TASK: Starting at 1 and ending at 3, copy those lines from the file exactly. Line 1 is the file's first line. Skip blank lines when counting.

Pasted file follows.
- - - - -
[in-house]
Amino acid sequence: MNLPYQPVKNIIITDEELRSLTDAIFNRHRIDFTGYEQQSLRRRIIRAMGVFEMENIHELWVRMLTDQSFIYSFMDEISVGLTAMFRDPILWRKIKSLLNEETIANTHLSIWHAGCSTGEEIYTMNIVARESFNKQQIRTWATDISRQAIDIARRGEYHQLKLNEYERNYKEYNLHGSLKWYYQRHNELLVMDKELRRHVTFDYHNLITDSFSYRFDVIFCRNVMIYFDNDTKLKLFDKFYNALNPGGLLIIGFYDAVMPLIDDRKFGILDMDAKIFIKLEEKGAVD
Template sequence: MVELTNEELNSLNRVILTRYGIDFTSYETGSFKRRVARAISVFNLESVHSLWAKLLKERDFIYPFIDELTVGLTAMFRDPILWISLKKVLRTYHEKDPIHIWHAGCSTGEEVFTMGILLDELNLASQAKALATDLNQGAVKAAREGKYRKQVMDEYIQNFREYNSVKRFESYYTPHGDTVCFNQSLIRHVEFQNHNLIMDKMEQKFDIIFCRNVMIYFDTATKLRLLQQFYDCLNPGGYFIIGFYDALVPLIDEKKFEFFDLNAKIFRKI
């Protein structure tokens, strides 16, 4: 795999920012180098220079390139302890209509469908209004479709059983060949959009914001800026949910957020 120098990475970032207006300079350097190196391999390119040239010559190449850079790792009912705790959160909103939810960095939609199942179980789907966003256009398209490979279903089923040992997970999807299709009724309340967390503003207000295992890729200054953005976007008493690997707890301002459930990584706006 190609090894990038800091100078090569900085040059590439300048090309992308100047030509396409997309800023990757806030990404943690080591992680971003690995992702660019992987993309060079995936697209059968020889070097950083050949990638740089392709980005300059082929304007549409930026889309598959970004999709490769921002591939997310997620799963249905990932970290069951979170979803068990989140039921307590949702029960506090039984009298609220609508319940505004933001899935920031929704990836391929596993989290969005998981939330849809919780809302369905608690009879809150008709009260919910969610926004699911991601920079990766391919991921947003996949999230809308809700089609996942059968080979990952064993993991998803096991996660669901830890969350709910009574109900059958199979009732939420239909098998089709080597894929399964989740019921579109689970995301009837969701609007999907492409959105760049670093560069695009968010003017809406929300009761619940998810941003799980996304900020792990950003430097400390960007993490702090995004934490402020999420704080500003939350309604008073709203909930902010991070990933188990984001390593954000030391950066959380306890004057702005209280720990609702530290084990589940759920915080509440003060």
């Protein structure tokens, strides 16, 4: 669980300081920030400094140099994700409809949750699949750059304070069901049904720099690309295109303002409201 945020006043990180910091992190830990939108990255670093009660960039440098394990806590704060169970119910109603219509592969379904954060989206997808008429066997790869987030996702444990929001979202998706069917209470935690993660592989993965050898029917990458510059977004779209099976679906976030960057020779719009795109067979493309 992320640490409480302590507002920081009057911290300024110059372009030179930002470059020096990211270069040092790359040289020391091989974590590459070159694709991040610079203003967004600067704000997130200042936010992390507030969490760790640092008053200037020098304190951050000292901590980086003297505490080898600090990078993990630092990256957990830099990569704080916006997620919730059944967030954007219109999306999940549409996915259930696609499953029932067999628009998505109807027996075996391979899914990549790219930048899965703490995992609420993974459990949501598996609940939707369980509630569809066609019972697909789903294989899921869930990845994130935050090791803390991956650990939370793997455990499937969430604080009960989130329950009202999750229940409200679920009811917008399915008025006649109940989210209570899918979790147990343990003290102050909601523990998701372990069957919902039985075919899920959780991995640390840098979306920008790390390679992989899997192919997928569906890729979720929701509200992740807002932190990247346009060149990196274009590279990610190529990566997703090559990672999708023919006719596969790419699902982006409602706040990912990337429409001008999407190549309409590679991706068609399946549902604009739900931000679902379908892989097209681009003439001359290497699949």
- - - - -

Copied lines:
[in-house]
Amino acid sequence: MNLPYQPVKNIIITDEELRSLTDAIFNRHRIDFTGYEQQSLRRRIIRAMGVFEMENIHELWVRMLTDQSFIYSFMDEISVGLTAMFRDPILWRKIKSLLNEETIANTHLSIWHAGCSTGEEIYTMNIVARESFNKQQIRTWATDISRQAIDIARRGEYHQLKLNEYERNYKEYNLHGSLKWYYQRHNELLVMDKELRRHVTFDYHNLITDSFSYRFDVIFCRNVMIYFDNDTKLKLFDKFYNALNPGGLLIIGFYDAVMPLIDDRKFGILDMDAKIFIKLEEKGAVD
Template sequence: MVELTNEELNSLNRVILTRYGIDFTSYETGSFKRRVARAISVFNLESVHSLWAKLLKERDFIYPFIDELTVGLTAMFRDPILWISLKKVLRTYHEKDPIHIWHAGCSTGEEVFTMGILLDELNLASQAKALATDLNQGAVKAAREGKYRKQVMDEYIQNFREYNSVKRFESYYTPHGDTVCFNQSLIRHVEFQNHNLIMDKMEQKFDIIFCRNVMIYFDTATKLRLLQQFYDCLNPGGYFIIGFYDALVPLIDEKKFEFFDLNAKIFRKI